What challenges did you face at the beginning when starting the company? How did you overcome them?

I think with every step of building a business you’re faced with a different set of challenges. When you’re first starting the business the challenge is, How am I going to get enough customers? How are we going to create trust in customers to give us their life savings to create a product for them? Now, our challenge is, How do we scale this in a manner where we can provide the same attention to detail to each of our clients, and how do we keep up with demand? There’s always going to be different challenges as the company grows and scales.

Did you always want to be an entrepreneur?

No, I never wanted to be an entrepreneur. I always wanted to have a good job, a very stable job, and to be a good employee. My parents are both self-employed and they always told me, “We’re investing in your education, get that safe corporate job and that stability. Definitely don’t go into selling diamonds.” That was never something that was in my plan. It just kind of happened. But I’m thankful that it’s happened.

Was Kyle part of that decision to start a business together?

Yes, of course. He’s a natural entrepreneur. He had started that business in Africa before I ever met him, then it failed. He did have the experience of going to business school and working a really stable corporate job as well, but he always has an entrepreneurial itch, so he saw the opportunity. He said, “When is a better time than now to try this scenario, if it doesn’t work out we can always get jobs again.” He was a very big push and motivator, especially because all of our parents were very much against it at the time. It’s good having that support system and someone to lean on when you’re taking the leap.

Is it true what they say, never to work with your spouse?

I was very concerned about it because my parents did work together and didn’t turn out so well. And that was a concern for me — at the time we weren’t even married, we were just boyfriend and girlfriend. I was a little unsure, but I think why it worked out so well is because of two things. We have very different skill sets, so what he’s good at, what he’s in charge of, I really lean back on him. And the product, the content, and the customer stuff that I deal with gives me a lot of autonomy. So we don’t step on each other’s toes a lot, and we have a lot of respect for each other in our roles, so I think that’s why this particular partnership works well. If he was telling me what designs to make, I feel like we would fight a lot more.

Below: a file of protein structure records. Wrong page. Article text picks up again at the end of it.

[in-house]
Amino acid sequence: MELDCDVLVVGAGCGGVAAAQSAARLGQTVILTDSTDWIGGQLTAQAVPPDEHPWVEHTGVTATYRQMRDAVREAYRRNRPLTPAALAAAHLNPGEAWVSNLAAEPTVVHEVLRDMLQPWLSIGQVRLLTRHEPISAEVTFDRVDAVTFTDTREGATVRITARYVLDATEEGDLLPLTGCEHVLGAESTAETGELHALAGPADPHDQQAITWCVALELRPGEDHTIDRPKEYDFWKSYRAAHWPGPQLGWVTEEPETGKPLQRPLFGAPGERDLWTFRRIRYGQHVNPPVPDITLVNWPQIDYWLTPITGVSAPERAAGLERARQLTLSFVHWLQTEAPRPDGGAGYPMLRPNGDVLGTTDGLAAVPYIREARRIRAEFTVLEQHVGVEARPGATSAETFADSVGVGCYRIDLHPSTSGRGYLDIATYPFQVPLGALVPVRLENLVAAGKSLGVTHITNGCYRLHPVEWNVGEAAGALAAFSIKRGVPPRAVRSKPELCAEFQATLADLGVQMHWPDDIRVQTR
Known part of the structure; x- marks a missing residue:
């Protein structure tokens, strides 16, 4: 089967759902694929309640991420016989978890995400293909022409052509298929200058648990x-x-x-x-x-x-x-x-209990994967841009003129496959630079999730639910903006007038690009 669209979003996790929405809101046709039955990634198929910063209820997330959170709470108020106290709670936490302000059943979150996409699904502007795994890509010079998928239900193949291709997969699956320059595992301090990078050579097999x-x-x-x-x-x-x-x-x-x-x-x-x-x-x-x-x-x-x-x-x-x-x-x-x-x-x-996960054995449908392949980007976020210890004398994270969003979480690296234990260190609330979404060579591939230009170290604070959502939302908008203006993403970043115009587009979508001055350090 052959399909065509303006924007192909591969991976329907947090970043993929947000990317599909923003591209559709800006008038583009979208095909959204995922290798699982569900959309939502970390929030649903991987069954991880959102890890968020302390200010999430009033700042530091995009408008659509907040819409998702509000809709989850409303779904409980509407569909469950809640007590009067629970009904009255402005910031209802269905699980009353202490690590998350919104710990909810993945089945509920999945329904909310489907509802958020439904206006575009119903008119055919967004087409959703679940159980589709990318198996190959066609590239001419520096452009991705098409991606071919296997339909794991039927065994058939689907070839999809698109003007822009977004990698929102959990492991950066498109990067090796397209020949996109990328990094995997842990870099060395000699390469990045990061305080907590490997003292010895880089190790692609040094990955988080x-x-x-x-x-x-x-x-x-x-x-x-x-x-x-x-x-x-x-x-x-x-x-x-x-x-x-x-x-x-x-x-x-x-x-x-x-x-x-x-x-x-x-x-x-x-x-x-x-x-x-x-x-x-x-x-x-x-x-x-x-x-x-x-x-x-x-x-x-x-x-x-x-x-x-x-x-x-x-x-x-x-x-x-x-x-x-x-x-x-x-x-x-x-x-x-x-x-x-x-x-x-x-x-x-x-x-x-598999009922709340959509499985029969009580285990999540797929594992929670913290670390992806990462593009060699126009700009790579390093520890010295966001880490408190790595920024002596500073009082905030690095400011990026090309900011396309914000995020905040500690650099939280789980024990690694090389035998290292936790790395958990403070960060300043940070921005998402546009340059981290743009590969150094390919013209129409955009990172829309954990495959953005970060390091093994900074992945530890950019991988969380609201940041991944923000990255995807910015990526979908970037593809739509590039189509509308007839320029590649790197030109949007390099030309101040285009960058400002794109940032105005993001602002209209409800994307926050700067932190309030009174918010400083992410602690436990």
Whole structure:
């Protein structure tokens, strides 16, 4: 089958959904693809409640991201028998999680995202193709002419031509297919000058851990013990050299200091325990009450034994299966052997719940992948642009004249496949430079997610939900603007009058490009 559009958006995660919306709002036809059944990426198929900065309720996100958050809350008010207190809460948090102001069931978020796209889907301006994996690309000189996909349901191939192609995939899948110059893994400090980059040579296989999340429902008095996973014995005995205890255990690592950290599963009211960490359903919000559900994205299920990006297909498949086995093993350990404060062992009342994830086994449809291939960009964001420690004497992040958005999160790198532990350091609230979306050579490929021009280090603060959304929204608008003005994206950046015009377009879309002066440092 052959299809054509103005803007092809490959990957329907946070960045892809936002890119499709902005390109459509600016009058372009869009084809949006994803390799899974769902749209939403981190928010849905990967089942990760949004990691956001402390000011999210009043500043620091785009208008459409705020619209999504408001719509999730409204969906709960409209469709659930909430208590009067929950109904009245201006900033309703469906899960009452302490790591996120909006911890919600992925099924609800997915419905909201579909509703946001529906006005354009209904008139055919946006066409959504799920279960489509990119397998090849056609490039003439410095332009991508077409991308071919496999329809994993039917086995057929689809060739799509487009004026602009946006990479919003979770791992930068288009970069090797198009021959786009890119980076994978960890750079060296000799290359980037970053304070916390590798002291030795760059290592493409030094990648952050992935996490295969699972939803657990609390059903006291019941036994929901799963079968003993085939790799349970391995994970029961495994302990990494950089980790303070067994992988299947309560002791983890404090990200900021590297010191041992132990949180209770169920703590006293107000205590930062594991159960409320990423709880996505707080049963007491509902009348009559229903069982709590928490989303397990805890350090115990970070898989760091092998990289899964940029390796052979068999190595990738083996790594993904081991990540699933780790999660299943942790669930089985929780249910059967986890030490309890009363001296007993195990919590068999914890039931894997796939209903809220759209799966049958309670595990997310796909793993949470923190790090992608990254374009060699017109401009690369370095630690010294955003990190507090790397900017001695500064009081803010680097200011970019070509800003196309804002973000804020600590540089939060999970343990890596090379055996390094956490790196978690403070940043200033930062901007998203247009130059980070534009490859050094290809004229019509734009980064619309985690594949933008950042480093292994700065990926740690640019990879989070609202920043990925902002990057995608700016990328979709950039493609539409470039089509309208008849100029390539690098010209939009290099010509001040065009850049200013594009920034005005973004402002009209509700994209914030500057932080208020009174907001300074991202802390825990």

What does the future look like for The Clear Cut?

A really focus of ours is doubling down on our remote process. So right now, we’re currently working on building a platform that will help our remote customers have a better experience virtually, and also help scale our operations on the backend. Our goal is to be this particular generation’s jeweler for life. We always say the engagement ring is almost like the gateway drug for all of your fine jewelry purchases. After that trust and that amount of money the client gives to you, they usually come back for the wedding band, or the anniversary gift. So we’re trying to create this new way of purchasing fine jewelry. 

What advice do you have for entrepreneurs or female founders out there?

A lot of women, or women of color, or first generation entrepreneurs come from a similar way of viewing the world, where you get that stable career and follow the rules of how to climb the ranks to become a doctor or lawyer, to help your parents, who struggled to get you an education. But I think that if you have an idea or something you’re really passionate about, just give it a try. A lot of people are like, “I have this great idea, I want to start a blog, but I’m too scared of what people will think.” Who cares what people think. The worst thing that can happen is that you failed at it. But at least you tried it and you can take those lessons, and apply them to the next project. I think it’s that finding that courage to take the next step is the biggest hurdle. 

"if you have an idea or something you’re really passionate about, just give it a try...Who cares what people think" - Landau

Once you fully dedicate yourself to something that you’re passionate about, I feel like it’s very difficult to fail, because if it’s something that you truly care about, you’re going to do whatever it takes to at least make it work. Or at least learn from it and take those lessons and create something new.